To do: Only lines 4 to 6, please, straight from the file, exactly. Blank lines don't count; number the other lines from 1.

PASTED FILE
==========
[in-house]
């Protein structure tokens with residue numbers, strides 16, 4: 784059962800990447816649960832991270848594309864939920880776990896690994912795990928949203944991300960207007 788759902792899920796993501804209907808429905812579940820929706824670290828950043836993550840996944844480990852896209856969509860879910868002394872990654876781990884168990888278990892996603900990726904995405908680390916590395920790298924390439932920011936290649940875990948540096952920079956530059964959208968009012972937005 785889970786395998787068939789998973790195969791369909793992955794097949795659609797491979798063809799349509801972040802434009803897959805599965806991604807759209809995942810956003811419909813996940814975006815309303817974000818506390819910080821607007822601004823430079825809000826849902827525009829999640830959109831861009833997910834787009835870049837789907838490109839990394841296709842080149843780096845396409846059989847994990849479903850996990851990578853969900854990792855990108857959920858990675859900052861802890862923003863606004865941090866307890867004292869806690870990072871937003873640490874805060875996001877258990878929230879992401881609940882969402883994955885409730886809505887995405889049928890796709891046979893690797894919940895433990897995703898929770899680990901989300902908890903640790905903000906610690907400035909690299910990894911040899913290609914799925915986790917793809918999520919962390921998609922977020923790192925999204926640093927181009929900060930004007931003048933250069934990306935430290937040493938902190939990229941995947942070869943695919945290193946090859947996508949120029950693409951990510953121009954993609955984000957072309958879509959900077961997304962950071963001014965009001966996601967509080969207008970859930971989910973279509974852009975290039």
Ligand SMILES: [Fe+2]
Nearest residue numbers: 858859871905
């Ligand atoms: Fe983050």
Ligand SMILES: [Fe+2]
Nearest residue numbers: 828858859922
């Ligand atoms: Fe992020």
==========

Nearest residue numbers: 858859871905
């Ligand atoms: Fe983050």
Ligand SMILES: [Fe+2]